Like clockwork, Congress votes on reauthorizing a set of about 55 temporary tax provisions every year or two. Tax extenders, as they are collectively known, include a broad range of pro-growth tax relief provisions like bonus depreciation and small-business expensing, research and development tax credits and provisions to prevent double taxation.
Congress will inevitably renew these temporary provisions at the last minute like they have time and time again. Doing nothing is not an option, because so many of these provisions are of vital importance for American businesses, families, and the economy.
If that is the case, why not make them permanent?
The reason they have been kept as temporary for so long is so lawmakers can distort the revenue baseline and hide the true cost of extenders when measuring their ten year effect. This means that under current law revenue projections, the revenue baseline artificially projects higher taxes and higher revenue because it assumes extenders will only last through their current extension.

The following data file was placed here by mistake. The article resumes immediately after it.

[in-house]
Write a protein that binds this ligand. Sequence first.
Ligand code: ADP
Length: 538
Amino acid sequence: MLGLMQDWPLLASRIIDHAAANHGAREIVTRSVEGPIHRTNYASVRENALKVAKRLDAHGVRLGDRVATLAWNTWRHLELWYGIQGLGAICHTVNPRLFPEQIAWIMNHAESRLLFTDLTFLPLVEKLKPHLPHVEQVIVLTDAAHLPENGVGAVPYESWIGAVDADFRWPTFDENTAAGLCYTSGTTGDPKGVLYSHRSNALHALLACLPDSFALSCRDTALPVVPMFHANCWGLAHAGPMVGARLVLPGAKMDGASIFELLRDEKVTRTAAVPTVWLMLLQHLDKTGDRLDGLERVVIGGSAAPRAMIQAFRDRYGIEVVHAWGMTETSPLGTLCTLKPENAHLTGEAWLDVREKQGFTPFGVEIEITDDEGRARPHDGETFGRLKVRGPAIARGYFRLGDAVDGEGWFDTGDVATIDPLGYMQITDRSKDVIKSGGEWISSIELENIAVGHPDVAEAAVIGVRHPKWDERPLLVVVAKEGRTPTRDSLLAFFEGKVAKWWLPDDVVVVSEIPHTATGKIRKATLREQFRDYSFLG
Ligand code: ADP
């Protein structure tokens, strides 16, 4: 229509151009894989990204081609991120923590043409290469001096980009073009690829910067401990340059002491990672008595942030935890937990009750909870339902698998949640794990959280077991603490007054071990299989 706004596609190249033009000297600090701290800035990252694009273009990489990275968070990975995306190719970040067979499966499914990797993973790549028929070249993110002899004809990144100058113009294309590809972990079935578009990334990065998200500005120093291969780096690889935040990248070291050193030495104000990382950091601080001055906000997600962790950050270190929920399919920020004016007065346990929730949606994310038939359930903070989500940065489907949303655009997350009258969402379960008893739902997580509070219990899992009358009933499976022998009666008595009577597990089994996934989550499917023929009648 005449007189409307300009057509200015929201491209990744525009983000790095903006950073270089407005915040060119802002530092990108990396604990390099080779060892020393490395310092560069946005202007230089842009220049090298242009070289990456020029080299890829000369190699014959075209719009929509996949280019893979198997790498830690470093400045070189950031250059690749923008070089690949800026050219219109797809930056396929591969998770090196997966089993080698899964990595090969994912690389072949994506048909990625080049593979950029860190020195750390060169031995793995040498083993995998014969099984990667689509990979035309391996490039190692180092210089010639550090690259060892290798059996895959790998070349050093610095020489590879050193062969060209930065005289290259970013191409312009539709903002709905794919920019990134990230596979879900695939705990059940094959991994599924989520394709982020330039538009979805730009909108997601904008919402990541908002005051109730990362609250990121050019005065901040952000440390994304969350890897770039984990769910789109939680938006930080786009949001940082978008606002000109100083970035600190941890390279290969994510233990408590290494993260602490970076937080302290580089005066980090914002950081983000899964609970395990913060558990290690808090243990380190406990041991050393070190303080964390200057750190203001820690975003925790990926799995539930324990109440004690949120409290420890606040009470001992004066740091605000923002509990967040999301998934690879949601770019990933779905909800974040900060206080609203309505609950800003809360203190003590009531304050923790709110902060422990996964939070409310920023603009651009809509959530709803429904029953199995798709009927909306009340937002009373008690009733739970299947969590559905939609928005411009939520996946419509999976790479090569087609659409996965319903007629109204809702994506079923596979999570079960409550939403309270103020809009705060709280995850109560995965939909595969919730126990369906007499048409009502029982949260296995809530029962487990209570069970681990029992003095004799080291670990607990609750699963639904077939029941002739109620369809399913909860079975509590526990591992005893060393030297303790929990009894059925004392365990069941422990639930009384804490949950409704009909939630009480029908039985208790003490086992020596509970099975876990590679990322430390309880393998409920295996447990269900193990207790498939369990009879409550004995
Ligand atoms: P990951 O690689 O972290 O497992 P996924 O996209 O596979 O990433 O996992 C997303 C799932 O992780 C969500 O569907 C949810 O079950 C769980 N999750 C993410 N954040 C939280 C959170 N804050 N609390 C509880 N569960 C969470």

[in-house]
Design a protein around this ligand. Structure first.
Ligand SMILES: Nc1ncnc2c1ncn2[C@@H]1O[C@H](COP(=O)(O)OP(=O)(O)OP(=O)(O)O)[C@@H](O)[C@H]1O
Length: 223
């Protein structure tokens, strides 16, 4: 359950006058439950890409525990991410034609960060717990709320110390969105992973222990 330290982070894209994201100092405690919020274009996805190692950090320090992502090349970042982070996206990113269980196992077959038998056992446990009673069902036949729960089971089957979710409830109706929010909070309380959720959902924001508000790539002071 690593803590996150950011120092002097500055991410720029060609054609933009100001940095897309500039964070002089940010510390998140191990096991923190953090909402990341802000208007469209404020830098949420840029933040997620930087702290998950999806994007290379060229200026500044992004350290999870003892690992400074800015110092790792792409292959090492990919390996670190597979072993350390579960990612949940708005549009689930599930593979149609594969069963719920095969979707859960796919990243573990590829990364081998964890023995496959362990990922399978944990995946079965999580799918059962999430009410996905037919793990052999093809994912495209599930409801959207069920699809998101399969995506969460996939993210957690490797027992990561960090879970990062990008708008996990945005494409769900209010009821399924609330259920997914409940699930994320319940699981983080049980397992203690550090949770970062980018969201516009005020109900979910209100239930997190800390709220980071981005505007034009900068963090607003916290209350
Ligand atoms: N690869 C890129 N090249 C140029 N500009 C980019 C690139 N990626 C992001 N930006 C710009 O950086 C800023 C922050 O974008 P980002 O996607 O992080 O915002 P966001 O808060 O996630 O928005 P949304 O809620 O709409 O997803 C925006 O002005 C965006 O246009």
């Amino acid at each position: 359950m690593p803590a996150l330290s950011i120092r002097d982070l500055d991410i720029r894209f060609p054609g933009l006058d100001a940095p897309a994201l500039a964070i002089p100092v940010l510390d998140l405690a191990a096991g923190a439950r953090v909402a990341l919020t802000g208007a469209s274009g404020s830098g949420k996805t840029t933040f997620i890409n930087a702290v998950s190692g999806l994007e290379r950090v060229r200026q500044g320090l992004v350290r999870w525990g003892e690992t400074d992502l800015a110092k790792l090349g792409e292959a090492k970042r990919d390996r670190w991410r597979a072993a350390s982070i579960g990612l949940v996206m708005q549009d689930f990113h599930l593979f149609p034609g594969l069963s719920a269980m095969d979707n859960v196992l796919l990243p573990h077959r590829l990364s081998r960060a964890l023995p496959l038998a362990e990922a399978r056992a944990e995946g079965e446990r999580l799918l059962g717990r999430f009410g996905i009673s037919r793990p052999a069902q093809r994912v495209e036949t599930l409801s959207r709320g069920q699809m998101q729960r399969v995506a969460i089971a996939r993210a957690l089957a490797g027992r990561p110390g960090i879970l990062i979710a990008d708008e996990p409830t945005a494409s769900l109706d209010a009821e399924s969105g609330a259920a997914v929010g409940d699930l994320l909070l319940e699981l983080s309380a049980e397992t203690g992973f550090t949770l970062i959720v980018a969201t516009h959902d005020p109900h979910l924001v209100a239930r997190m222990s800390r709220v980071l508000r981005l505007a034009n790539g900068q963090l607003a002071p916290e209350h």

But this manipulation comes at a price. The current system of one or two year extensions wreaks havoc on the ability of businesses to plan ahead and on tax preparation. For this reason alone, Congress should look to make as many extenders permanent as possible – prioritizing the good, pro-growth provisions like business expensing.
Making extenders permanent is also seen as step one for fundamental tax reform, a key goal of fiscal conservatives, because it allows a more accurate revenue target when forecasting feedbacks from changes to the tax code.
The chart below shows the difference between the current law temporary extenders baseline and the baseline if all tax extenders were made permanent, based on CBO’s latest budget outlook.
While the difference in baselines may visually look small, it is close to $150 billion in tax relief — a significant difference in revenues.
Leaders in Congress have already recognized the importance of permanent extenders to tee of tax reform.
In a recent Wall Street Journal interview, new Ways and Means Chairman Kevin Brady (R-Texas) outlined the case for permanent tax extenders as step one toward pro-growth tax reform: “One, because it creates certainty for the economy. Two, you get a better bang for the buck for the tax provisions. And three, it’s honest scorekeeping. It identifies what truly are permanent parts of the code.”
This sentiment has been echoed in the past by Speaker Paul D. Ryan (R-Wis.), who has said tax reform would be easier with a lower, more accurate revenue target.
The bottom line is that making tax extenders permanent is not only good for taxpayers and businesses, it is also a prerequisite for strong, pro-growth tax reform. There is no reason Congress should not get this done.